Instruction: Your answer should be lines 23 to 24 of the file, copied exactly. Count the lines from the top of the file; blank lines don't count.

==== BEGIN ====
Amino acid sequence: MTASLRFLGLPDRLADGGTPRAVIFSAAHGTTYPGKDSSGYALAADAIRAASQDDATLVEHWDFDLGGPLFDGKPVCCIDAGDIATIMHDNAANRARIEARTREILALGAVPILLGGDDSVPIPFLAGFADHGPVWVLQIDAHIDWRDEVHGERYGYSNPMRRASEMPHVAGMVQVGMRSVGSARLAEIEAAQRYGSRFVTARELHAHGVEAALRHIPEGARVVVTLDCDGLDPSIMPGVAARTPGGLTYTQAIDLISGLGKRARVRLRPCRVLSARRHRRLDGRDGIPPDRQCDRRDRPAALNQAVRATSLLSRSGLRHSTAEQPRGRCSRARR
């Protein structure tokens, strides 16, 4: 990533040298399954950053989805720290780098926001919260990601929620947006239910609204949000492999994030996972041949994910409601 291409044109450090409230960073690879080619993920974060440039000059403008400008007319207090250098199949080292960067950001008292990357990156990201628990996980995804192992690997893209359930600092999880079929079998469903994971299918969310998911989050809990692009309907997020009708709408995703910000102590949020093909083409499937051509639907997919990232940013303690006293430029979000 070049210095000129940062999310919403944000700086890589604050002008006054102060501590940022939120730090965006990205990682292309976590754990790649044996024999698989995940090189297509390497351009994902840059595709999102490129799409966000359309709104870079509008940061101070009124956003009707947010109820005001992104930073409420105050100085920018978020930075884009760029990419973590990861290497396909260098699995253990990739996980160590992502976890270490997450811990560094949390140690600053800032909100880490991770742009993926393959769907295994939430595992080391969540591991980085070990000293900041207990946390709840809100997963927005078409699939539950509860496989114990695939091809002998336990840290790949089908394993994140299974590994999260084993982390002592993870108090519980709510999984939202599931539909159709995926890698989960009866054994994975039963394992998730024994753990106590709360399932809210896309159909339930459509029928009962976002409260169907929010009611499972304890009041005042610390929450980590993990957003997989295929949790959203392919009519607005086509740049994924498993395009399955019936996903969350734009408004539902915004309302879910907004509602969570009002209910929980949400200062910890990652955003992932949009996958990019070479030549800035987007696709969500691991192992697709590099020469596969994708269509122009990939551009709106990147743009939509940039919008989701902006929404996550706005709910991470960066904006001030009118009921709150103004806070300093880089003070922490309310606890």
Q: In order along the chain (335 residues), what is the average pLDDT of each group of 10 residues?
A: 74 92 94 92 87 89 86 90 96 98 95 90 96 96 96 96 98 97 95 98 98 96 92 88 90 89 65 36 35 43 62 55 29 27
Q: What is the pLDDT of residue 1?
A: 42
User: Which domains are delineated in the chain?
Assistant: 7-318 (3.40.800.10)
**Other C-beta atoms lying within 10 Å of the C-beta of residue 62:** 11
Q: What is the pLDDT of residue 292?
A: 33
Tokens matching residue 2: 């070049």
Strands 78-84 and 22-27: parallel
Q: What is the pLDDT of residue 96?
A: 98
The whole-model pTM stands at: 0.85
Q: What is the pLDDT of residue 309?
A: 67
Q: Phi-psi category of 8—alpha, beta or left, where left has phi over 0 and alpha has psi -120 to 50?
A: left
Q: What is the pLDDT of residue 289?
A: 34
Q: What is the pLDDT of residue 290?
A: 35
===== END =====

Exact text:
Q: What is the pLDDT of residue 290?
A: 35